I know I write a lot about the wine I pick to go with dinner. At this dinner, I learned that beer can actually pair with food just as well, if not better than wine. John Hufnagel, the chef of Ten Ten combined with Jason Hulse, certified cicerone and Yard’s sales representative for the are put together a brilliant 5 course dinner with beer pairings. The beers are selected specifically around the way it enhances the meal: complement, contrast and/or cut flavors of the food.
We started with surprise complementary appetizer; a single bite of fresh heirloom, basil and house made ricotta. I definitely tasted the chopped walnuts which gave the nibble a nutty finish. It definitely set me up for wanting to try the tomato tasting menu at their sister restaurant Fleet Street Kitchen.
Let me get to the pairings. First course was Yards Love Stout, a nitrogen cask style stout and Baked Bay Oysters; local old black salt oysters that are farm raised in the Chincoteague Bay. I asked lots of questions and Tim Riley had all the answers. These are small oysters are grown to be quite salty, but with a sweet finish. The Chef was certainly inspired when he created the yards love stout sabayon which rounded out the bacon, cabbage flavors. The oysters was my favorite dish of the night.
Next, we had the Saison and Beer and Cheddar Soup. The soup was a thin cheddar broth made with the yards beer. Saisons are made with Belgium yeast and this one is perfect – delicately sweet and subtly spicy. I was worried about the fruity notes, then I realized we were pairing with cheese… I loved this pairing the most; with each bringing out new flavors in the other. I was also amazed at the cheese curds at the bottom of the bowl – they were melty and soft, but still kept their integrity in the warm liquid. That is science at its best folks. The soup was topped with house made soft pretzel croutons, paying homage to Yards Philadelphia home. Very classy and very well done.
The food kept coming and so did the beer. Our next course was the Yards Thomas Jefferson Tavern Ale and a medium rare skirt steak from Creekstone Farms that was also marinated in the hoppy table ale. The steak came with caramelized onions on top of a small bed of lettuce and little of that panzanella – that yummy crusty bread. My favorite part was the gruyere cream – rounding out the flavors with a little creamy tanginess.
I was already starting to get full and then they dropped off the pork belly. Look at the size of that portion. The pork belly comes from their own Cunningham Farms, and was roasted to perfection and served with a pickled carrots and daikon radish. I really liked the chili-caramel glaze and the combo basil and cilantro garnish. The culinary team matched this with Yards India Pale Ale. This is the first glass of IPA that I have actually finished. The beer was quite balanced and because they add the hops late in the brewing process, they do not overwhelm the rest of the bold citrusy flavors. This was not my favorite pairing. I thought that the pork belly went great with the beer, but I didn’t like the pickled salad with the beer at all. However, one of the other other attendees couldn’t have disagreed more; we clearly have different palates.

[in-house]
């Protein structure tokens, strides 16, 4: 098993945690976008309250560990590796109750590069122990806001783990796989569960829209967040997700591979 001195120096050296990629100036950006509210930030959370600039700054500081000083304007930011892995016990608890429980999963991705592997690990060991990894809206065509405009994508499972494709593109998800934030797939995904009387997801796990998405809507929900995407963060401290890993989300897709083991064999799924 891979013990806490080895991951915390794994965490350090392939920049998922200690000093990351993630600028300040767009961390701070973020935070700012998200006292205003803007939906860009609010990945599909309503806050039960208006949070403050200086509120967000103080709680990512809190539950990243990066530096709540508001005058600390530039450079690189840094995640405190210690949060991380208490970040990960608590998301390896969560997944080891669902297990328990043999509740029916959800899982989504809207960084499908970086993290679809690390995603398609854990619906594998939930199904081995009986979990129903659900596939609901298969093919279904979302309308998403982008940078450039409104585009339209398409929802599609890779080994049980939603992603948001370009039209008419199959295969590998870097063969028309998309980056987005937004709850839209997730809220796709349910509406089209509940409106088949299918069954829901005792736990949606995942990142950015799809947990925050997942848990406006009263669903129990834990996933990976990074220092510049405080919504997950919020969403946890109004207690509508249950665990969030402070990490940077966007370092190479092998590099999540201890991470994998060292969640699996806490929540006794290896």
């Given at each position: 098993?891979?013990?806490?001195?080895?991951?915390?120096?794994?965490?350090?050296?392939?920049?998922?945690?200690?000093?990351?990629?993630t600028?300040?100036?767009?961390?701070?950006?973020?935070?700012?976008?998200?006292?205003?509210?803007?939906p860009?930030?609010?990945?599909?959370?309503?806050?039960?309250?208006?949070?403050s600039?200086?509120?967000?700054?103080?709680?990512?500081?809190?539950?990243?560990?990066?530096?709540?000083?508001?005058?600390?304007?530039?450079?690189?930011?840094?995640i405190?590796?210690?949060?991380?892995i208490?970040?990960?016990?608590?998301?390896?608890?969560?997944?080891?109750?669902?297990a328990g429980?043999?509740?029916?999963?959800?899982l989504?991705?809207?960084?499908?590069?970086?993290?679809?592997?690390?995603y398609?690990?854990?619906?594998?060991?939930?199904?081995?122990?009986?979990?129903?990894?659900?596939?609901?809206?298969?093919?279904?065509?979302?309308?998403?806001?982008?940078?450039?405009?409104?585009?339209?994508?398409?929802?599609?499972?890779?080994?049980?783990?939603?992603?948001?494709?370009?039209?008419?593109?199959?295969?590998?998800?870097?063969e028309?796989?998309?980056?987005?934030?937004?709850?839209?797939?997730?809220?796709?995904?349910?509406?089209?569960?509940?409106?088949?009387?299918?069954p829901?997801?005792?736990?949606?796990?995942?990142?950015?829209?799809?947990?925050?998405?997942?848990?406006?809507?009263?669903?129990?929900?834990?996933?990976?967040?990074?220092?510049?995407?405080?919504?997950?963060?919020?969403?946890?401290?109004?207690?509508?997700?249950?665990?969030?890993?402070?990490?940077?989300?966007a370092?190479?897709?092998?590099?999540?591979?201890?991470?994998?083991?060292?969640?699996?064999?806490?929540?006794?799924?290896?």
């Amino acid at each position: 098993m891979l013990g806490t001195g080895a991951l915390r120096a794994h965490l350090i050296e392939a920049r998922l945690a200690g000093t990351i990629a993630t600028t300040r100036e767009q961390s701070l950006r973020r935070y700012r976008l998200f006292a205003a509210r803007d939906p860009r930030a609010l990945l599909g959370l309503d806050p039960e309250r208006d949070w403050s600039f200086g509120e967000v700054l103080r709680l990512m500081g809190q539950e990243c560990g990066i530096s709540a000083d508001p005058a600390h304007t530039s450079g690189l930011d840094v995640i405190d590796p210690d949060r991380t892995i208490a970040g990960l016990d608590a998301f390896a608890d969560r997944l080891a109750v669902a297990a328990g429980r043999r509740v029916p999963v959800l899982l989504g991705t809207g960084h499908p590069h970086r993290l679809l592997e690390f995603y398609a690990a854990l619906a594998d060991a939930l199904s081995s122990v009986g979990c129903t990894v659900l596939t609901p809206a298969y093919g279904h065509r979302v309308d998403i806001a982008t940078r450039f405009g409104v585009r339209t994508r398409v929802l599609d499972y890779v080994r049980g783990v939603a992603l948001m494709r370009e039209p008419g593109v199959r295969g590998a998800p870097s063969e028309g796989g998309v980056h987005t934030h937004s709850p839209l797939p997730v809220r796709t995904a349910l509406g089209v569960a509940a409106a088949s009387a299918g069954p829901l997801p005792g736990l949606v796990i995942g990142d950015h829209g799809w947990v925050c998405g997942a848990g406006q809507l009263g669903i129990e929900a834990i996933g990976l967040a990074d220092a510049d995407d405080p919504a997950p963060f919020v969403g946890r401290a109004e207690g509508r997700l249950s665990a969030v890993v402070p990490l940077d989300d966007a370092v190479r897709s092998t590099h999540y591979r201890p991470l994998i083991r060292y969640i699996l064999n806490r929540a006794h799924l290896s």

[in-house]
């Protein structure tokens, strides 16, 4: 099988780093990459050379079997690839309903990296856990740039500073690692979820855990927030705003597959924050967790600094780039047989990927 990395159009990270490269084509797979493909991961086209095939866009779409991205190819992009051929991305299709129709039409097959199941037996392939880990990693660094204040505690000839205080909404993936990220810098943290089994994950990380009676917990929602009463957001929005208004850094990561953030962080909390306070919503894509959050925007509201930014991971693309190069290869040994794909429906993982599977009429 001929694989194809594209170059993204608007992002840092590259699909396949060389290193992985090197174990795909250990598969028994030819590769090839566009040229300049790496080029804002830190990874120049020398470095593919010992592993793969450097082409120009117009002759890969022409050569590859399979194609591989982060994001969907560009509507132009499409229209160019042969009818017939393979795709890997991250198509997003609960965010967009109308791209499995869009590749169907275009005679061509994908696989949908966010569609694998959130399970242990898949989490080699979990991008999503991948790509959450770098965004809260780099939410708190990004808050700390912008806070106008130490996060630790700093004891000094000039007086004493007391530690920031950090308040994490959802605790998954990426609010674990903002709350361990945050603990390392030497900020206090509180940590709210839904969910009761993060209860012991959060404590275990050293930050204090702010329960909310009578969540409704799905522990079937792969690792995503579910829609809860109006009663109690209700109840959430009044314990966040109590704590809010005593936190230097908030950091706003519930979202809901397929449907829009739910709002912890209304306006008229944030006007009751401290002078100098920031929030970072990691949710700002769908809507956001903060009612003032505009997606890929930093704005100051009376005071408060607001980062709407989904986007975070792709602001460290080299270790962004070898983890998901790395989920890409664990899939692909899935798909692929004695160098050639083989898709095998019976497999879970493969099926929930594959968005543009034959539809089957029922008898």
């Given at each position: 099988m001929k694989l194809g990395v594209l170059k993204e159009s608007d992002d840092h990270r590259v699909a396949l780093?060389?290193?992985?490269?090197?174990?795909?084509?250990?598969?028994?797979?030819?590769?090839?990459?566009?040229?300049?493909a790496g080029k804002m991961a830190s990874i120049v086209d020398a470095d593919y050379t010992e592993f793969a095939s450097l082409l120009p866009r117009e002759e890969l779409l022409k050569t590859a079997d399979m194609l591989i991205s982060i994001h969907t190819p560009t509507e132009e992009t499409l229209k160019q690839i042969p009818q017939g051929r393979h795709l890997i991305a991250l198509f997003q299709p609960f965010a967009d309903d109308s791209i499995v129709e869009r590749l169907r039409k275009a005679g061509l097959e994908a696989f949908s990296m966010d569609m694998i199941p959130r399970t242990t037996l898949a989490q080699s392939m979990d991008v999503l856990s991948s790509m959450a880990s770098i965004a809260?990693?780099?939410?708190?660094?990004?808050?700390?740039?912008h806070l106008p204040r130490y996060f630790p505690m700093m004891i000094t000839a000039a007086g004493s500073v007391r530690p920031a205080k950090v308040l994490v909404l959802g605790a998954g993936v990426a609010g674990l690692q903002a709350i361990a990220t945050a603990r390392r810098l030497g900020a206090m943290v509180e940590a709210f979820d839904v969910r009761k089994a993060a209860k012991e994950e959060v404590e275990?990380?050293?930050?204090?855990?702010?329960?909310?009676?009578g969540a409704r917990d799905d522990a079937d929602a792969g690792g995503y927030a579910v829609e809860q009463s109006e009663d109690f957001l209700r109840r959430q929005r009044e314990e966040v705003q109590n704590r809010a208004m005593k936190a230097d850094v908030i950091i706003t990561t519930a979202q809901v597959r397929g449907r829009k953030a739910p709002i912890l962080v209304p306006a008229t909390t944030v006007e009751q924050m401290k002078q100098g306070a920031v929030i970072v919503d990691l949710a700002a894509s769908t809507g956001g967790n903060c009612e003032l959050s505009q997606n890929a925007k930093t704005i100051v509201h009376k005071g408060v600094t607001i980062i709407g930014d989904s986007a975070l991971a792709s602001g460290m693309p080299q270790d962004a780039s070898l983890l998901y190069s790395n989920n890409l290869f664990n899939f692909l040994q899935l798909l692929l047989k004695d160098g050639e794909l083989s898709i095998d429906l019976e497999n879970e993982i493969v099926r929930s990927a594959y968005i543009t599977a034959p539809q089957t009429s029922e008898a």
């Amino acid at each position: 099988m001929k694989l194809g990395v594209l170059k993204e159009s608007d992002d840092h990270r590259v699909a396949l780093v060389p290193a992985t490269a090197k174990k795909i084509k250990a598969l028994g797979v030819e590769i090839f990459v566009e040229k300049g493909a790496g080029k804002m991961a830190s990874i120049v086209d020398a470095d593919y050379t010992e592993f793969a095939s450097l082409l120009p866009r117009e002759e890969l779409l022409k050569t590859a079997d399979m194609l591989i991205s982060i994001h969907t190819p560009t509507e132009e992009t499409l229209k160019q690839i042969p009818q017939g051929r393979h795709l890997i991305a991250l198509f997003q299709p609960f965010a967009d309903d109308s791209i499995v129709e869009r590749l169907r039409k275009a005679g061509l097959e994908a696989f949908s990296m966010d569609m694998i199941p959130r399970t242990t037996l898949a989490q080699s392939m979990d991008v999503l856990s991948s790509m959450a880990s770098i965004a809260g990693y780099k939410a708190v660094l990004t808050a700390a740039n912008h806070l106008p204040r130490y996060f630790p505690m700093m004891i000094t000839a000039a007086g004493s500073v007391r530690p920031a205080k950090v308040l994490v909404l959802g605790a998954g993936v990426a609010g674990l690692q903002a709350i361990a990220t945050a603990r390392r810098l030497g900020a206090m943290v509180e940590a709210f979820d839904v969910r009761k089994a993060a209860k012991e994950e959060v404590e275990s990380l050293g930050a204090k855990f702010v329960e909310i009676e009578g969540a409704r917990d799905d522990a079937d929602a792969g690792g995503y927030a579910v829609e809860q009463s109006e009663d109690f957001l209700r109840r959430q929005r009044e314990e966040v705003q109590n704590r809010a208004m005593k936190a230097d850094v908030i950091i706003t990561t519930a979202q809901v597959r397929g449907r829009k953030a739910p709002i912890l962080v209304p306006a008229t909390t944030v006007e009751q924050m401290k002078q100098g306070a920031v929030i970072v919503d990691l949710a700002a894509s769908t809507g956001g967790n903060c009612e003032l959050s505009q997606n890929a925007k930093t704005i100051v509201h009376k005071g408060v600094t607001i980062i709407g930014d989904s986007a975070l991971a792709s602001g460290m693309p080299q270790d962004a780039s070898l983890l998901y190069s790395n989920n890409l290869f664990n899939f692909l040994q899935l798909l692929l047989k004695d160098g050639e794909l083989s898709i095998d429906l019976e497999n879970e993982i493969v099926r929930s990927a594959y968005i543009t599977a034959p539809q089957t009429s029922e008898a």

I didn’t think I could eat or drink anything else – but then came the doughnuts. I don’t know how many times I can write about fried dough, but each time I am surprised and in love with the deliciousness. Three blueberry cake like dough fried to a slightly crunchy golden brown. The star of this show, however, was the malted vanilla ice cream – which was better than any malted milkshake I ever had. This was coupled with their Brawler Puglist Style Ale. I didn’t like this beer. It was far to sweet and wine like for me – missing the “cuting” or “contrasting” part of the pairing. The caramel flavors in the beer were supposed to complement the sweetness in the dessert. Jason said it was designed for folks to be able to “go a few rounds”; I’d rather have a few rounds of those doughnuts.